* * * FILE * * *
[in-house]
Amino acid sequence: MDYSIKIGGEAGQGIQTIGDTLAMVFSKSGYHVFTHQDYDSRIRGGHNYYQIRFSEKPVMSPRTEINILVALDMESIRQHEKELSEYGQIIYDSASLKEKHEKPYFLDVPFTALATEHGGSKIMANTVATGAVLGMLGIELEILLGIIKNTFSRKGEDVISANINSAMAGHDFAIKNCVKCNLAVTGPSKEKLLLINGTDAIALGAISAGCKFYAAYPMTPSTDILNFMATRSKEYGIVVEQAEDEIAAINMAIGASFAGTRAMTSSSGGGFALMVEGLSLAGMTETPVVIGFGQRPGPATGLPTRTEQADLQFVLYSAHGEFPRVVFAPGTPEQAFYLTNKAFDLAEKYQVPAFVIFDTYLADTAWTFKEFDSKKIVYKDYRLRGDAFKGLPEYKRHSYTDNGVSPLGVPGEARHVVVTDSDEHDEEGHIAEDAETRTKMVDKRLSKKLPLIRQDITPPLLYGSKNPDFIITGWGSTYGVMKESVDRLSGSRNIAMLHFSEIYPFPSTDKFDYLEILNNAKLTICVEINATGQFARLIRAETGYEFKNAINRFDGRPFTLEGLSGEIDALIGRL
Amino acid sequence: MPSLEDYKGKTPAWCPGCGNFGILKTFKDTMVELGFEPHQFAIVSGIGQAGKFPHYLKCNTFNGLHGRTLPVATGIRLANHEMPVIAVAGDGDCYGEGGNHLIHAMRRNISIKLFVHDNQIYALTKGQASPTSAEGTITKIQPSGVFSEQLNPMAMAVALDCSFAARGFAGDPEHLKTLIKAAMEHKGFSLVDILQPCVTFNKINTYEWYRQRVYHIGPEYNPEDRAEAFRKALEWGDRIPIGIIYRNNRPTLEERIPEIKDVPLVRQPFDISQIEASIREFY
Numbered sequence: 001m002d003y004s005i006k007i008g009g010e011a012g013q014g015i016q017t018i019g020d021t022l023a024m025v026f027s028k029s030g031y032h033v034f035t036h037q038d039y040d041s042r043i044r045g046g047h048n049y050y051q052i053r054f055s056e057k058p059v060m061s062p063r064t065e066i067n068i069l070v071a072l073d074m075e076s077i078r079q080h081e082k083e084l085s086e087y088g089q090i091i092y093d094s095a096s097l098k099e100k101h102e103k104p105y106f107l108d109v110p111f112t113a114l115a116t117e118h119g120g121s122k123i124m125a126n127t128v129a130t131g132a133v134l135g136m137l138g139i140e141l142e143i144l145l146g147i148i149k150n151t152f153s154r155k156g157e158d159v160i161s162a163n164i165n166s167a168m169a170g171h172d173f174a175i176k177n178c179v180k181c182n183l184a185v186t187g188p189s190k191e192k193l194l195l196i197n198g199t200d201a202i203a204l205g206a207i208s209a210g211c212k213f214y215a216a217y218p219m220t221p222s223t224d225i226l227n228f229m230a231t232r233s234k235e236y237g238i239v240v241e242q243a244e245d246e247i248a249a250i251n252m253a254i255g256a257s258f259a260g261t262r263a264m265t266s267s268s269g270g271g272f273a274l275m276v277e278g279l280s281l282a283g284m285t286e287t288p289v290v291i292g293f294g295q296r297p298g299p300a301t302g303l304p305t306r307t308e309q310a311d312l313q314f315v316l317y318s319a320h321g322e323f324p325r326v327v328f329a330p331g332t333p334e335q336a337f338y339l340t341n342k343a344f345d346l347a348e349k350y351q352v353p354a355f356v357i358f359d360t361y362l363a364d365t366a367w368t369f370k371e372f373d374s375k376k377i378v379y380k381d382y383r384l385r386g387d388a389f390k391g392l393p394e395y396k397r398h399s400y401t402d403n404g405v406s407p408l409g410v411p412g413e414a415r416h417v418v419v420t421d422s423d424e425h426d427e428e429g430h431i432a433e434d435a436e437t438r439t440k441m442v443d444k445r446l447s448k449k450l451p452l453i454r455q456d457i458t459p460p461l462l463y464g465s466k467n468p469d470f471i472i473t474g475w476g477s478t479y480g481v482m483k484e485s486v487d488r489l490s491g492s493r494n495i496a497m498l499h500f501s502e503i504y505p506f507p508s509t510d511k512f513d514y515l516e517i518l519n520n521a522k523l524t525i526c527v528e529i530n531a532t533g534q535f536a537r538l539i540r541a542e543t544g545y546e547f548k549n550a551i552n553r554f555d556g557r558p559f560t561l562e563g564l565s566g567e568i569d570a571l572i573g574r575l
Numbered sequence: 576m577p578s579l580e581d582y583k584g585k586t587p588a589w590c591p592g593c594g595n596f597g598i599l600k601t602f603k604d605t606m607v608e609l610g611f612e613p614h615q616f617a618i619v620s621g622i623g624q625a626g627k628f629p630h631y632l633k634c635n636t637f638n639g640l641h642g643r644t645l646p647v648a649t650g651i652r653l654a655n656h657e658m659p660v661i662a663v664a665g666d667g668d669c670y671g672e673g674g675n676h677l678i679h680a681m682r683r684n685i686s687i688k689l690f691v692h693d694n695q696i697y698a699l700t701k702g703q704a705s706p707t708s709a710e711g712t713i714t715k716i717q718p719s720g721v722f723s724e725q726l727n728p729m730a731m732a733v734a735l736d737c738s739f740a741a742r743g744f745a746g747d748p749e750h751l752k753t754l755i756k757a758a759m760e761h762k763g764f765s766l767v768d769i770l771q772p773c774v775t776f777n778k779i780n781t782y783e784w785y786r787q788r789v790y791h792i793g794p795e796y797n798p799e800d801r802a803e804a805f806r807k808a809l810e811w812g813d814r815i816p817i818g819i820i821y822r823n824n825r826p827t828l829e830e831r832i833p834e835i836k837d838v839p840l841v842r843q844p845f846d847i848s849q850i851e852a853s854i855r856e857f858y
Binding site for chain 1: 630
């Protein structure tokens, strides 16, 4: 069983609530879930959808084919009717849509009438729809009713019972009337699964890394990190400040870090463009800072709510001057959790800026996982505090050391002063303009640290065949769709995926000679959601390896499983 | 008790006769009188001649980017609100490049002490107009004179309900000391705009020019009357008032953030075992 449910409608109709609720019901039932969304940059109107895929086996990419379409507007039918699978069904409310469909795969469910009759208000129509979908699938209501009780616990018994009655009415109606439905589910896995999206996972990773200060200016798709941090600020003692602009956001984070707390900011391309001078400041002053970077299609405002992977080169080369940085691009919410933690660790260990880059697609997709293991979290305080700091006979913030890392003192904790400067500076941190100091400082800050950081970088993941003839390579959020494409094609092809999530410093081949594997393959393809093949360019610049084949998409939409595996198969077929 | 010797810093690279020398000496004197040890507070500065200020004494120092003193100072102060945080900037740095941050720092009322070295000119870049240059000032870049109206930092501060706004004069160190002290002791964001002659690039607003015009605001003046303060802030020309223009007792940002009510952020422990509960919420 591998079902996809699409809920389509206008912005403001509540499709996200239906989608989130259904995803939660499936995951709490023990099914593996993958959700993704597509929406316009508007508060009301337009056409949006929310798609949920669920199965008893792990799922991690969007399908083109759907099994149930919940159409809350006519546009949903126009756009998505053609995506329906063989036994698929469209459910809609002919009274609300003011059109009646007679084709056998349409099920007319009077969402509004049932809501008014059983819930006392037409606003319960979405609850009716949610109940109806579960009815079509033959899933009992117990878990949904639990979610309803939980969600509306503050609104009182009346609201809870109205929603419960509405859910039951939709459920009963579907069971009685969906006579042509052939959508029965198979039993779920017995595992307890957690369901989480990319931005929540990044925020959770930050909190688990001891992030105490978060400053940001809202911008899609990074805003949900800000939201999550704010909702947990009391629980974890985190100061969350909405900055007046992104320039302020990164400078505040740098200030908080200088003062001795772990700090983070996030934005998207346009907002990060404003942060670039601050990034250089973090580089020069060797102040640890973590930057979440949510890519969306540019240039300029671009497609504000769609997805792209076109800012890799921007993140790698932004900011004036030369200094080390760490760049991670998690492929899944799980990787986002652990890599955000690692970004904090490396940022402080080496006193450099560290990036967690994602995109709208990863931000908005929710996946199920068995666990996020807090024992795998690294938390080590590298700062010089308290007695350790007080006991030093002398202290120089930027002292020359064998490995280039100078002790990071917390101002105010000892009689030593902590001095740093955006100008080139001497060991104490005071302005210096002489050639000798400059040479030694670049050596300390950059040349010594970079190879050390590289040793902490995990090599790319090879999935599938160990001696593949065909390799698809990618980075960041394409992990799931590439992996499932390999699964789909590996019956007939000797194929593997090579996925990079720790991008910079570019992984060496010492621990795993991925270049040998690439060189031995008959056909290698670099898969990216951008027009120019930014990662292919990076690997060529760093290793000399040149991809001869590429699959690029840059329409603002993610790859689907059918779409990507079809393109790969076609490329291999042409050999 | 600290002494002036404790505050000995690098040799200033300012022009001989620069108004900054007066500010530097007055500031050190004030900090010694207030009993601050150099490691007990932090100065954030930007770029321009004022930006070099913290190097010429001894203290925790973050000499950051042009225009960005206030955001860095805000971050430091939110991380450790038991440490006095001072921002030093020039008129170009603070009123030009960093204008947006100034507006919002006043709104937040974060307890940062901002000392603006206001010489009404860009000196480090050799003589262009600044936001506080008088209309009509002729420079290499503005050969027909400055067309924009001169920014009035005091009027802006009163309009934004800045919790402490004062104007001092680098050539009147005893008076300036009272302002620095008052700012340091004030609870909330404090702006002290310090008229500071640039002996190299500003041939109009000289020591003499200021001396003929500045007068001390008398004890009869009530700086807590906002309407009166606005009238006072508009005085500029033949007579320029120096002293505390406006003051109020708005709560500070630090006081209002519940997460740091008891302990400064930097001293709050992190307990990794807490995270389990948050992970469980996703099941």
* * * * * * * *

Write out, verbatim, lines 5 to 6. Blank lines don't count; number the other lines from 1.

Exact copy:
Numbered sequence: 576m577p578s579l580e581d582y583k584g585k586t587p588a589w590c591p592g593c594g595n596f597g598i599l600k601t602f603k604d605t606m607v608e609l610g611f612e613p614h615q616f617a618i619v620s621g622i623g624q625a626g627k628f629p630h631y632l633k634c635n636t637f638n639g640l641h642g643r644t645l646p647v648a649t650g651i652r653l654a655n656h657e658m659p660v661i662a663v664a665g666d667g668d669c670y671g672e673g674g675n676h677l678i679h680a681m682r683r684n685i686s687i688k689l690f691v692h693d694n695q696i697y698a699l700t701k702g703q704a705s706p707t708s709a710e711g712t713i714t715k716i717q718p719s720g721v722f723s724e725q726l727n728p729m730a731m732a733v734a735l736d737c738s739f740a741a742r743g744f745a746g747d748p749e750h751l752k753t754l755i756k757a758a759m760e761h762k763g764f765s766l767v768d769i770l771q772p773c774v775t776f777n778k779i780n781t782y783e784w785y786r787q788r789v790y791h792i793g794p795e796y797n798p799e800d801r802a803e804a805f806r807k808a809l810e811w812g813d814r815i816p817i818g819i820i821y822r823n824n825r826p827t828l829e830e831r832i833p834e835i836k837d838v839p840l841v842r843q844p845f846d847i848s849q850i851e852a853s854i855r856e857f858y
Binding site for chain 1: 630